Russian EmpireThe Russian Empire, was a state that existed from 1721 until the Russian Revolution of 1917. It was the successor to the Tsardom of Russia and the predecessor of the Soviet Union. It was the second largest contiguous empire in world history, surpassed only by the Mongol Empire, the third largest empire the British Empire and the fourth the Mughal Empire. At one point in 1866, it stretched from eastern Europe, across Asia, and into North America.

At the beginning of the 19th century, Russia was the largest country in the world, extending from the Arctic Ocean to the north to the Black Sea on the south, from the Baltic Sea on the west to the Pacific Ocean on the east. With 176.4 million subjects, it had the third largest population of the world at the time, after Qing China and the British Empire. It represented a great disparity in economic, ethnic, and religious positions. Its government, ruled by the Emperor, was one of the last absolute monarchies left in Europe. Prior to the outbreak of World War I in August 1914 Russia was one of the five major Great Powers of Europe.

6. Qing Dynasty (1890–1912)
Qing DynastyThe Qing Dynasty was the last dynasty in China. Starting from the Ming Dynasty and continued in the form of People's Republic of China. This dynasty was established by the Manchu clan Aisin Gioro (now Northeast China). Starting from the year 1644 and expand its territory in the vicinity china to form the Great Qing Empire. This dynasty unify China in 1683. Qing Dynasty and then fell after the Xinhai Revolution, when the Empress Dowager Longyu off his throne as emperor Puyi on 12 February 1912. Region reached 14.7 million km2.

7. Caliphate Umayyad (661 M – 750 M)
Caliphate UmayyadA caliphate is the Islamic form of government representing the political unity and leadership of the Muslim world. The Caliph's position is based on the notion of a successor to Muhammad's political authority. According to Sunnis, a Caliph can be any pious Muslim who is elected by the Muslims or their representatives; and according to Shia Islam, an Imam descended in a line from the Ahl al-Bayt.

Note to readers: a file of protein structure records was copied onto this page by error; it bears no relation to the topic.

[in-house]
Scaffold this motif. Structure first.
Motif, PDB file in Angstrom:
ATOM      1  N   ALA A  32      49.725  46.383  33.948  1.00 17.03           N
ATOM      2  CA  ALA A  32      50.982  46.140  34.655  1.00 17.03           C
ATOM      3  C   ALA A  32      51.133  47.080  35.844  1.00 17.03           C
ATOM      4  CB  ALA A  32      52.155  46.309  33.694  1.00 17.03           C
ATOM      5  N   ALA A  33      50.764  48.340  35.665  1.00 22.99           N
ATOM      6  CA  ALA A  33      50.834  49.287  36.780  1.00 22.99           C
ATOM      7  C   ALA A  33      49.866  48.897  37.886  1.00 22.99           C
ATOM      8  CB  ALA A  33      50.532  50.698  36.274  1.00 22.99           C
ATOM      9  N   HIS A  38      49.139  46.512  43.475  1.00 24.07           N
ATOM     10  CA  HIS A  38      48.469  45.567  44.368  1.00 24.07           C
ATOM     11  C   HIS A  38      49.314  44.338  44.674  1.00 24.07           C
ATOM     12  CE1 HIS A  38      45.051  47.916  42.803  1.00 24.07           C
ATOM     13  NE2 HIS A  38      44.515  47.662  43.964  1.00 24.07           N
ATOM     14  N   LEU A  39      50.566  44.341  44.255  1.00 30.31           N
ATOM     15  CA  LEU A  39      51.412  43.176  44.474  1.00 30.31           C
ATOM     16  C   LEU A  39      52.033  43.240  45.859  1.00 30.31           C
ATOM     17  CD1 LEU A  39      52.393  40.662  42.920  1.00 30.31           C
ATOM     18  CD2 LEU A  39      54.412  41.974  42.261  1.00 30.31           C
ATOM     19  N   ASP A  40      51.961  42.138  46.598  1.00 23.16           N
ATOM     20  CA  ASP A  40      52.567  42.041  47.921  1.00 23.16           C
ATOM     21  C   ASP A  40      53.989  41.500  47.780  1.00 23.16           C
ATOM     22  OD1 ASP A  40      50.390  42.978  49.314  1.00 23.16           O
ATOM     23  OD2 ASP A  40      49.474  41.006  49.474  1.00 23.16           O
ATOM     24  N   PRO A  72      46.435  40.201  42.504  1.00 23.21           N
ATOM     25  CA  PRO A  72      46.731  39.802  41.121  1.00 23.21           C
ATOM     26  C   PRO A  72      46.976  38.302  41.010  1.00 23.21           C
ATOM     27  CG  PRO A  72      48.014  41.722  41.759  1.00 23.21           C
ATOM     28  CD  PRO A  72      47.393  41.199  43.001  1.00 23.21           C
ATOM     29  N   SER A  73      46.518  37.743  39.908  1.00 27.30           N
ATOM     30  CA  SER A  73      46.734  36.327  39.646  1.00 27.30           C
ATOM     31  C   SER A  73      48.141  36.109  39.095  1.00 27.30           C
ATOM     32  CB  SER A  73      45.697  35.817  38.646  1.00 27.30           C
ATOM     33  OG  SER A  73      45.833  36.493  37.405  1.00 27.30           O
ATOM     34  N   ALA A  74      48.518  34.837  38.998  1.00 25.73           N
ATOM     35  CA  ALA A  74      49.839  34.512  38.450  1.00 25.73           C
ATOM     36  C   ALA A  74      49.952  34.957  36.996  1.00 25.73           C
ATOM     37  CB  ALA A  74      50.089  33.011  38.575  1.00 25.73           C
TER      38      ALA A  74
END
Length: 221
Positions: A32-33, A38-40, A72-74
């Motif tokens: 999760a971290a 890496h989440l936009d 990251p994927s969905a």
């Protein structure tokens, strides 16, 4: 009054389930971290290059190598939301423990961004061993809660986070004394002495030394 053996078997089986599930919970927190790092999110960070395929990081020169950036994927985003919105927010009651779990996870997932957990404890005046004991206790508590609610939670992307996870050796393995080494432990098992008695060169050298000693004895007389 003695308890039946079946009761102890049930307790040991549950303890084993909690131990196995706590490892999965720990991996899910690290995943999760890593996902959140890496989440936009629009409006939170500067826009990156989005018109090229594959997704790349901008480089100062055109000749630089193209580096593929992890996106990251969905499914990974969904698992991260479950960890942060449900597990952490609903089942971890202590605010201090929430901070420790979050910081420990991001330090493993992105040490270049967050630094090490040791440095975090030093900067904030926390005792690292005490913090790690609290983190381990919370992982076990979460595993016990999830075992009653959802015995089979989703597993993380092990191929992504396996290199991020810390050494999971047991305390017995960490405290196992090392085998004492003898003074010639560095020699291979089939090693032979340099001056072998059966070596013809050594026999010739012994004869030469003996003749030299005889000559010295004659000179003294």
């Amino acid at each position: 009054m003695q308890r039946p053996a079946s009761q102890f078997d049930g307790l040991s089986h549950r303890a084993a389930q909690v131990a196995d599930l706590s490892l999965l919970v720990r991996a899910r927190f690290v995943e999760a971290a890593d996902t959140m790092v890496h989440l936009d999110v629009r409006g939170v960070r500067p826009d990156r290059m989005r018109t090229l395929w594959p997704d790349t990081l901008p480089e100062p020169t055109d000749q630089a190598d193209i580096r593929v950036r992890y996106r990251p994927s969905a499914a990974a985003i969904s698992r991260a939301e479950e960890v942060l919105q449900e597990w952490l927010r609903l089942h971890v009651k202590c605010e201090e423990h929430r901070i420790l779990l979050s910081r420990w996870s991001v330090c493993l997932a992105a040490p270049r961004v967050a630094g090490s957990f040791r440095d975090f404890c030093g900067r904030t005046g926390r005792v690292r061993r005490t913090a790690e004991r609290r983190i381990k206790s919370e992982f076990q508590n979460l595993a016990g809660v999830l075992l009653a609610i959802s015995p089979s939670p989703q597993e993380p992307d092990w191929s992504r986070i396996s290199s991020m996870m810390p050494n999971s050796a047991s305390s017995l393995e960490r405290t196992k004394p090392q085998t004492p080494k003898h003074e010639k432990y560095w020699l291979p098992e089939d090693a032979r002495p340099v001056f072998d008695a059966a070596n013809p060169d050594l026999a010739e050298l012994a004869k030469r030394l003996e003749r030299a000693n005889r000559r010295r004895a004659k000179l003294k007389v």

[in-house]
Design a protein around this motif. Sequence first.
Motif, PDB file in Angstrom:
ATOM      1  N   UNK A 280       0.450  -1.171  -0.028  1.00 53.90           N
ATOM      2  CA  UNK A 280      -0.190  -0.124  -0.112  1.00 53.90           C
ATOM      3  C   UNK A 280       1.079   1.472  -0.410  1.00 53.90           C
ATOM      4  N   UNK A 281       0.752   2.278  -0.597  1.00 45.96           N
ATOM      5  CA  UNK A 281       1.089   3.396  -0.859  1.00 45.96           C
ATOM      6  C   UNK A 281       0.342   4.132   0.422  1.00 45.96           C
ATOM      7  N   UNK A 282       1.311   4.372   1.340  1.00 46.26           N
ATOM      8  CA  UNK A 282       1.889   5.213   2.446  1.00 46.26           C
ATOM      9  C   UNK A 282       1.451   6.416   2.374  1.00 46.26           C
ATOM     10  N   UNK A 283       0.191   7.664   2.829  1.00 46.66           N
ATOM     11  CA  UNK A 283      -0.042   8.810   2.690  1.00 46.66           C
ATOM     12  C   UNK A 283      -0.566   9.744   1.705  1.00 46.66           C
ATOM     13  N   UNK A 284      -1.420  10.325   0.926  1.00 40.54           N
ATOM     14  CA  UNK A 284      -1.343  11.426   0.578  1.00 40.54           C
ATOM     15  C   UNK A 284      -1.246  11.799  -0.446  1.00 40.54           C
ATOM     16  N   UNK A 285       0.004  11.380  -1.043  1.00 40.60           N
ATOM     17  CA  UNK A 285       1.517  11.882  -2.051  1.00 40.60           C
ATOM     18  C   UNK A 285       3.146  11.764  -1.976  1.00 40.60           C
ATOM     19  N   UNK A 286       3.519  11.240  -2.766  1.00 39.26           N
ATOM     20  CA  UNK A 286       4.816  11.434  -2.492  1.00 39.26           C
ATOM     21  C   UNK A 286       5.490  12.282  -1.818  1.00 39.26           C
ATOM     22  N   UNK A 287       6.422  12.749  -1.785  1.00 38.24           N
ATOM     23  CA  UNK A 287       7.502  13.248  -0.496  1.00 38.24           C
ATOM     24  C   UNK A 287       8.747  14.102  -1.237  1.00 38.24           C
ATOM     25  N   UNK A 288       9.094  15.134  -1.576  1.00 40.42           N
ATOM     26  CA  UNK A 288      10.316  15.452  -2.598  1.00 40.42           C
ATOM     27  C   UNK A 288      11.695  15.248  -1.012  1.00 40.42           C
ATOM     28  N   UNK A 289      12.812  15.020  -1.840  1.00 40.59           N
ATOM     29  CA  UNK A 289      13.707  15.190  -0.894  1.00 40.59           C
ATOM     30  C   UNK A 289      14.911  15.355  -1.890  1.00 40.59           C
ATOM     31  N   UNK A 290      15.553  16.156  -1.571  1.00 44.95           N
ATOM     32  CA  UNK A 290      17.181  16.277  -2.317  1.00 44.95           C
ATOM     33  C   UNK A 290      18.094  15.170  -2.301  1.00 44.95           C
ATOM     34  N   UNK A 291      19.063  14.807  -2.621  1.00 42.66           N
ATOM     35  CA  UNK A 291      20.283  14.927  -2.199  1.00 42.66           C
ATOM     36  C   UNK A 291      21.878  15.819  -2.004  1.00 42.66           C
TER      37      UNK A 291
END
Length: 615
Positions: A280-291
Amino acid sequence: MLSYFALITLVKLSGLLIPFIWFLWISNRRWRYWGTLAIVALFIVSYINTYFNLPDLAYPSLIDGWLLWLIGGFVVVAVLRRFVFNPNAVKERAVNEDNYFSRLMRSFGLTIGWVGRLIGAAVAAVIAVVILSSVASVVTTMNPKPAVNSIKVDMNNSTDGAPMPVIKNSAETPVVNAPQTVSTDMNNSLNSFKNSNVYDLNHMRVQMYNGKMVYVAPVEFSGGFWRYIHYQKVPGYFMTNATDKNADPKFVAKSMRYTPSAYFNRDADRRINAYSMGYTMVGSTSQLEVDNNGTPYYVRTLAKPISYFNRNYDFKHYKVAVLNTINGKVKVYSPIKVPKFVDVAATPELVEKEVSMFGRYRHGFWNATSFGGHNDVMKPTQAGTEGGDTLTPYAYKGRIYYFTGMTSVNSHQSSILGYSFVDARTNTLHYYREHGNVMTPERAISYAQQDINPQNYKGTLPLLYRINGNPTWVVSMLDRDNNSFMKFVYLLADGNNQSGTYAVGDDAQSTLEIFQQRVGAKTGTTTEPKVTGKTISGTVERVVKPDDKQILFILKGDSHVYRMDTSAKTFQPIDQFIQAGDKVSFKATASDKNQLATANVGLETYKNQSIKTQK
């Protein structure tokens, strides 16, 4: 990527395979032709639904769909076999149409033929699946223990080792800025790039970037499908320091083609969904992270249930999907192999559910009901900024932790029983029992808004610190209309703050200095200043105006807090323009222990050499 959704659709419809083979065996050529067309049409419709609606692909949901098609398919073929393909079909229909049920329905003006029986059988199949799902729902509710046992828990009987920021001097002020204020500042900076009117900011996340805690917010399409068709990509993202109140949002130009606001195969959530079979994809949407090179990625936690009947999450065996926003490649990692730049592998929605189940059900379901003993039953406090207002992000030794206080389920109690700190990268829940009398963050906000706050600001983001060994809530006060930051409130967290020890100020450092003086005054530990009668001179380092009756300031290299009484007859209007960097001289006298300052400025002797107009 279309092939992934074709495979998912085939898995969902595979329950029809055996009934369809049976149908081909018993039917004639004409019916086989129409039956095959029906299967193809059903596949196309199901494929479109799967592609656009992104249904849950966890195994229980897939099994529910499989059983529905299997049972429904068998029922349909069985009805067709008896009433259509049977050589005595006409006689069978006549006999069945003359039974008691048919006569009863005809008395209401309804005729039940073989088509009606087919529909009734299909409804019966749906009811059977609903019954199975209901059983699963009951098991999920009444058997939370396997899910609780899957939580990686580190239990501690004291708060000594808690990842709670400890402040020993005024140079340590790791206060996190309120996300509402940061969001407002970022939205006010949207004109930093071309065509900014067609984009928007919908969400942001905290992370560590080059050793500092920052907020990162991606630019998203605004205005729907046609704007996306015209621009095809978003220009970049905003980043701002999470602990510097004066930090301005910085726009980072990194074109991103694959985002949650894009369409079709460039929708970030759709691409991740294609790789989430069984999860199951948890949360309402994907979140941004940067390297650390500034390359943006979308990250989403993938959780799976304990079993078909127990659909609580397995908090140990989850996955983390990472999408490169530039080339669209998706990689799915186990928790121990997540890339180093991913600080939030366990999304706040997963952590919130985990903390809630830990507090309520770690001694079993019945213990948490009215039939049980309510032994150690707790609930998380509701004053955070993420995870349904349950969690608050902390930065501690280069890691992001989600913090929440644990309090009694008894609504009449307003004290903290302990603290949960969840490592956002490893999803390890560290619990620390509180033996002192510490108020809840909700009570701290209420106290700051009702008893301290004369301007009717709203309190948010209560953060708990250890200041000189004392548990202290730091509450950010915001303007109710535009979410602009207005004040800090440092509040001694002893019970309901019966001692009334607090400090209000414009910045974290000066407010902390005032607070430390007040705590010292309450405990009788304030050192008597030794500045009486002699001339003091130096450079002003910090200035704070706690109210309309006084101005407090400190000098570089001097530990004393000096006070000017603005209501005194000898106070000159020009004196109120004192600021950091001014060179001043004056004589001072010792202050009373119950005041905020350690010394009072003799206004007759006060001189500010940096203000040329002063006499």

The Umayyads established the largest Arab-Muslim state in history. But their reign in the Middle East ended when the Abbasid caliphs chased them out of the Middle East, more specifically from their capital, Damascus. They moved their headquarters to Egypt and later on moved on to southern Spain until their dynasty finally ended in the 10th century AD. The Rashidun Caliphate are considered the first Umayyad dynasty. The Abbasid caliphs in conjunction with Sassanid Persians reigned over the Middle Eastern portion of the Islamic world where science and literature flourished. The North African and Spanish portions were mired in wars and conflicts until expulsion of all Moslems from Spain in 1614.

North Africa remained a haven for marauding corsairs as well as a tax haven for the Ottoman Empire. Caliphate, as an institution, ended in the Middle East when Seljuk Turks captured Baghdad. Later on the Mongolians arrived. But from the arrival of the Seljuks onward, a new institution was created; namely the Sultanate. Henceforth, Muslim rulers; be they Arab, Turkic, Chingizid, or Persian were all known as Sultans. The total area reaches 5 million km2.

8. Roman Empire (27 SM– 476/1453 M)
Roman EmpireThe Roman Empire was the post-Republican phase of the ancient Roman civilization, characterised by an autocratic form of government and large territorial holdings in Europe and around the Mediterranean. The term is used to describe the Roman state during and after the time of the first emperor, Augustus.

The 500-year-old Roman Republic, which preceded it, had been weakened and subverted through several civil wars. Several events are commonly proposed to mark the transition from Republic to Empire, including Julius Caesar's appointment as perpetual dictator (44 BC), the Battle of Actium (2 September 31 BC), and the Roman Senate's granting to Octavian the honorific Augustus (4 January 27 BC). Roman expansion began in the days of the Republic, but reached its zenith under Emperor Trajan. At this territorial peak, the Roman Empire controlled approximately 6.5 million km² of land surface. Because of the Empire's vast extent and long endurance, Roman influence upon the language, religion, architecture, philosophy, law, and government of nations around the world lasts to this day.